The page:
Even Trevor, who had suggested this book with great enthusiasm, had found it less than satisfying; nevertheless, he said he would now try other books by Buarque, although I'm afraid everyone else said they wouldn't.

Wednesday, November 26, 2014

Best British Short Stories 2014 event at Edge Hill

Last night we had a most enjoyable event for Best British Short Stories 2014, organised at Edge Hill University by fellow contributor Ailsa Cox. Also reading were Claire Dean, Vicki Jarrett and Richard Knight (Richard arriving by the skin of his teeth after getting stuck in the rush hour on the M58!) It was very interesting to hear about the journey of the others' stories into this anthology, and great to hear them read aloud. I'm afraid the photos aren't so hot - I made John use my phone which he'd never used before and didn't get the hang of in time - but I thought I'd stick them in just to give some sense of it all.

Vicki (above) told us that her story, 'Ladies' Day',  first appeared in an anthology from enterprising Scottish independent publisher Freight before being picked up for BBSS by series editor Nicholas Royle. It's an account of a group of housebound young mums attempting with a day at the races to escape the inevitable sense of being sidelined (and stereotyped) in their role - amusing yet also very touching.


It turned out that Claire's story, 'Glass, Bricks, Dust', had its first outing in an academic publication: she had been asked to write a modern fairy story (this is her specialty) along with an essay explaining her process and rationale. The story, concerning a young boy playing on a pile of demolition rubble and a mysterious lamppost on which a host of black birds perch, is indeed a fairytale, yet, as we discussed in the brief Q and A at the end, there's also something very concrete about it, and a strong sense of the reality of place - an affecting combination that characterises her work generally.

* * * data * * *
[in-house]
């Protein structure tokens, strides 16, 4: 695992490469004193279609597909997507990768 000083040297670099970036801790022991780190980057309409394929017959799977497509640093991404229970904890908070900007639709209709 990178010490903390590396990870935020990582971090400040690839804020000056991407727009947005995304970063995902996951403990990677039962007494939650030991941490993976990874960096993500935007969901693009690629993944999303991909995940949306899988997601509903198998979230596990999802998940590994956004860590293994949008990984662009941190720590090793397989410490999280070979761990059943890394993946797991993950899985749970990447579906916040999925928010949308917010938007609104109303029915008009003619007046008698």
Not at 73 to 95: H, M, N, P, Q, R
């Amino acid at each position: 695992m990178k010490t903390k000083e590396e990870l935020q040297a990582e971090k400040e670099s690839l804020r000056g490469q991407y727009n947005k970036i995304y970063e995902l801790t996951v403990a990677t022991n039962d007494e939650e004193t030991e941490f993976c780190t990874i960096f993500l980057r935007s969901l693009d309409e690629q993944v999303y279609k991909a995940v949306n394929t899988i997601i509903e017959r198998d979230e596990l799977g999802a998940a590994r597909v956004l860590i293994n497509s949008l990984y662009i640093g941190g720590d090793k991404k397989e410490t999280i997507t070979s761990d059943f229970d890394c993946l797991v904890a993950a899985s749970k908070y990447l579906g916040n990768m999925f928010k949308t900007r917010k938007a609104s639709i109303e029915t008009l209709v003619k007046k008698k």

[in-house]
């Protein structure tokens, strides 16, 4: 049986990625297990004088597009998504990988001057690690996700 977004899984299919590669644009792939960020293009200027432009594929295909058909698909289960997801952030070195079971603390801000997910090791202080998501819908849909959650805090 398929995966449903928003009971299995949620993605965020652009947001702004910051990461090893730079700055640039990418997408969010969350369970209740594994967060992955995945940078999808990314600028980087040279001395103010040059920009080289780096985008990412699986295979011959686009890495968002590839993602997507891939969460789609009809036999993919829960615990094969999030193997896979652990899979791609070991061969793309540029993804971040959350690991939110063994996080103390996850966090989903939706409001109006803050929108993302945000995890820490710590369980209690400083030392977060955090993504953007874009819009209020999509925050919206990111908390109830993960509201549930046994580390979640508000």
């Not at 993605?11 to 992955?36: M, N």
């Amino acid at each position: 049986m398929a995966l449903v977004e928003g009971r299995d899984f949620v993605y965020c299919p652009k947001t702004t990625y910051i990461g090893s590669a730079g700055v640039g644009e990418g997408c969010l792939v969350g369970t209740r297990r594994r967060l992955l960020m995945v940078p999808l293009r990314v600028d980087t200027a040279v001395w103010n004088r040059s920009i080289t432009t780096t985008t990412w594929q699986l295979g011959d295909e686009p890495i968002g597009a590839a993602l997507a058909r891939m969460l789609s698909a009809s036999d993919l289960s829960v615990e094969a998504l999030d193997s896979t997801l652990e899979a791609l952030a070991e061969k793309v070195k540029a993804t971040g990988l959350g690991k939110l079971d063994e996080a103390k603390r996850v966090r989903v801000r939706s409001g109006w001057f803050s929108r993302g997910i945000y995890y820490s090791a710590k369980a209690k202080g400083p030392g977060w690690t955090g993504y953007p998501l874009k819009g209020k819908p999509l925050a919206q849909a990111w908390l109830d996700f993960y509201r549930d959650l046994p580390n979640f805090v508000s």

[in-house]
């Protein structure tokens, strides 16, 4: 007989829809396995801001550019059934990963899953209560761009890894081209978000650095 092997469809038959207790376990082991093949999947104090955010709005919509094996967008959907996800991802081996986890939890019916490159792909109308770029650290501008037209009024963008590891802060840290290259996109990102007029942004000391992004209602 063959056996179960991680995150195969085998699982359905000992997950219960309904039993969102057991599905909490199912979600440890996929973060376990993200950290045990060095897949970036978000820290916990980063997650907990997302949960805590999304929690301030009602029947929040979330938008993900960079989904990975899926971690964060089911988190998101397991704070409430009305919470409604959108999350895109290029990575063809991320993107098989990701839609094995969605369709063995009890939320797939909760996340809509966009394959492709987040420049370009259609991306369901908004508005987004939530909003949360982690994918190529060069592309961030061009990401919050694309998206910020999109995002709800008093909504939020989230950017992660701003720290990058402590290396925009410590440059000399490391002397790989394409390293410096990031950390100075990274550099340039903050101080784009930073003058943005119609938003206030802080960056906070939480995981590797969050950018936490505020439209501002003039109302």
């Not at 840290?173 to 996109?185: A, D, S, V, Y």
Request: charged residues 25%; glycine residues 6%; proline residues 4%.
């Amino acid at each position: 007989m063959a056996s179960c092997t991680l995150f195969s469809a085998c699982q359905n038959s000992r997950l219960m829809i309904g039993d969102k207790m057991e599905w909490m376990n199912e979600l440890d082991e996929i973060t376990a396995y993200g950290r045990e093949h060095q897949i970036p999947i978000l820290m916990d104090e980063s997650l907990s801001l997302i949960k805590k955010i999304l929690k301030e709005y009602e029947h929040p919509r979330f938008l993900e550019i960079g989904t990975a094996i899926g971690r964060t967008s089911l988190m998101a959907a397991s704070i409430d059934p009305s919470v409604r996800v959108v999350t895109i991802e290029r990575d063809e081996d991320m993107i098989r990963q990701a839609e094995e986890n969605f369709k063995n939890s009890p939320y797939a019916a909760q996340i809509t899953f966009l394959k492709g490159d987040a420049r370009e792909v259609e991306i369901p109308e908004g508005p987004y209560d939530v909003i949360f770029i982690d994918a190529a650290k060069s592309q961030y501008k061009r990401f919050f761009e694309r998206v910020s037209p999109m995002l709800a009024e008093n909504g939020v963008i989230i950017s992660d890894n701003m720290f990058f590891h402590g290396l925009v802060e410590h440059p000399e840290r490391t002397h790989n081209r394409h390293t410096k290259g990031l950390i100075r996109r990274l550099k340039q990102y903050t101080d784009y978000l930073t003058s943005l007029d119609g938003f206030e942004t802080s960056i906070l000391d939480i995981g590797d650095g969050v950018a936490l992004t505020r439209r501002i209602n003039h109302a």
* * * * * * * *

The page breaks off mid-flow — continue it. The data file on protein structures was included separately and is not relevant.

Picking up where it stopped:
Ailsa's haunting 'Hope Fades for the Hostages' was originally commissioned for an anthology accompanying an exhibition at the Bluecoat Gallery in Liverpool on the theme of night-time. It's an impressive orchestration of the viewpoints of three separate people awake at the same time in the night and caught with the thoughts that 3 am brings - very tense, and very moving.


Richard's story, 'The Incalculable Weight of Water' brings to vivid life a reservoir on Saddleworth Moor as the lone protagonist thinks of his wife in the cafe below waiting tensely for important news, and comes upon something unexpected in the water. It was first published online as a result of being shortlisted in the Manchester Writing Competition.